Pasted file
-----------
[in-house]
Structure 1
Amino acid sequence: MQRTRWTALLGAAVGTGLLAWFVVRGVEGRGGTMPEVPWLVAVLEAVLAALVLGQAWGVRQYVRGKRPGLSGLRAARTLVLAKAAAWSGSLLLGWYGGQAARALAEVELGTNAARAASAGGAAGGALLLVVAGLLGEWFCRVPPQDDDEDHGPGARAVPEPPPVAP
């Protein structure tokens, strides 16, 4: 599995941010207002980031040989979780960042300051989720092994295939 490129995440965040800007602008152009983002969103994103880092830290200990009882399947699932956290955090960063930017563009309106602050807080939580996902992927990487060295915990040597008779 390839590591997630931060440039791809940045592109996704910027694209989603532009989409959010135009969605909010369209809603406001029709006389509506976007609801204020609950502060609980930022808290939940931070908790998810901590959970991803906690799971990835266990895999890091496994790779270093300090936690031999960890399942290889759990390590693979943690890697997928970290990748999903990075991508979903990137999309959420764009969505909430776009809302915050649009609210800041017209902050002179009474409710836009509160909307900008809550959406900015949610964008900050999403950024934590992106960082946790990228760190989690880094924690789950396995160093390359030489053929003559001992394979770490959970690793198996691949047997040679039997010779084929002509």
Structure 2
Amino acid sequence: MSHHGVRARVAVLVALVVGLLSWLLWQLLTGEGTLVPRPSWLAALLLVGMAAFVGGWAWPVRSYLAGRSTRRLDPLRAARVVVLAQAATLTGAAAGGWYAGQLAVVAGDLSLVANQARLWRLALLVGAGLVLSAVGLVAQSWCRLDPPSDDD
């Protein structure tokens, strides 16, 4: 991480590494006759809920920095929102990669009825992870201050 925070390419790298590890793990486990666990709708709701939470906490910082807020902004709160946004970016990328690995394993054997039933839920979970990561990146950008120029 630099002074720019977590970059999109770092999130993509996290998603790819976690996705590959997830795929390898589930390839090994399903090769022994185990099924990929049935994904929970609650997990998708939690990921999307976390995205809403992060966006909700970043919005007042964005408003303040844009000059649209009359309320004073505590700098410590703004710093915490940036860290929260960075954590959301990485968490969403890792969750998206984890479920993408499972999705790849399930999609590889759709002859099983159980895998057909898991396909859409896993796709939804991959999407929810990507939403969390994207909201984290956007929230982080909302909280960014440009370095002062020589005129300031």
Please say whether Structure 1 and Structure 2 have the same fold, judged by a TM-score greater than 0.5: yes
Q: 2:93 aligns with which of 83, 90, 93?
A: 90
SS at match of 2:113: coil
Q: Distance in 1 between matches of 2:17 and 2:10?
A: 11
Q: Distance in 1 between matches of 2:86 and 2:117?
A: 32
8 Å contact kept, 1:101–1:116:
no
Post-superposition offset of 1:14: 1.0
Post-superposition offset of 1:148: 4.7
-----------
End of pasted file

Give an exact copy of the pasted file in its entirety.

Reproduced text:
[in-house]
Structure 1
Amino acid sequence: MQRTRWTALLGAAVGTGLLAWFVVRGVEGRGGTMPEVPWLVAVLEAVLAALVLGQAWGVRQYVRGKRPGLSGLRAARTLVLAKAAAWSGSLLLGWYGGQAARALAEVELGTNAARAASAGGAAGGALLLVVAGLLGEWFCRVPPQDDDEDHGPGARAVPEPPPVAP
């Protein structure tokens, strides 16, 4: 599995941010207002980031040989979780960042300051989720092994295939 490129995440965040800007602008152009983002969103994103880092830290200990009882399947699932956290955090960063930017563009309106602050807080939580996902992927990487060295915990040597008779 390839590591997630931060440039791809940045592109996704910027694209989603532009989409959010135009969605909010369209809603406001029709006389509506976007609801204020609950502060609980930022808290939940931070908790998810901590959970991803906690799971990835266990895999890091496994790779270093300090936690031999960890399942290889759990390590693979943690890697997928970290990748999903990075991508979903990137999309959420764009969505909430776009809302915050649009609210800041017209902050002179009474409710836009509160909307900008809550959406900015949610964008900050999403950024934590992106960082946790990228760190989690880094924690789950396995160093390359030489053929003559001992394979770490959970690793198996691949047997040679039997010779084929002509």
Structure 2
Amino acid sequence: MSHHGVRARVAVLVALVVGLLSWLLWQLLTGEGTLVPRPSWLAALLLVGMAAFVGGWAWPVRSYLAGRSTRRLDPLRAARVVVLAQAATLTGAAAGGWYAGQLAVVAGDLSLVANQARLWRLALLVGAGLVLSAVGLVAQSWCRLDPPSDDD
């Protein structure tokens, strides 16, 4: 991480590494006759809920920095929102990669009825992870201050 925070390419790298590890793990486990666990709708709701939470906490910082807020902004709160946004970016990328690995394993054997039933839920979970990561990146950008120029 630099002074720019977590970059999109770092999130993509996290998603790819976690996705590959997830795929390898589930390839090994399903090769022994185990099924990929049935994904929970609650997990998708939690990921999307976390995205809403992060966006909700970043919005007042964005408003303040844009000059649209009359309320004073505590700098410590703004710093915490940036860290929260960075954590959301990485968490969403890792969750998206984890479920993408499972999705790849399930999609590889759709002859099983159980895998057909898991396909859409896993796709939804991959999407929810990507939403969390994207909201984290956007929230982080909302909280960014440009370095002062020589005129300031």
Please say whether Structure 1 and Structure 2 have the same fold, judged by a TM-score greater than 0.5: yes
Q: 2:93 aligns with which of 83, 90, 93?
A: 90
SS at match of 2:113: coil
Q: Distance in 1 between matches of 2:17 and 2:10?
A: 11
Q: Distance in 1 between matches of 2:86 and 2:117?
A: 32
8 Å contact kept, 1:101–1:116:
no
Post-superposition offset of 1:14: 1.0
Post-superposition offset of 1:148: 4.7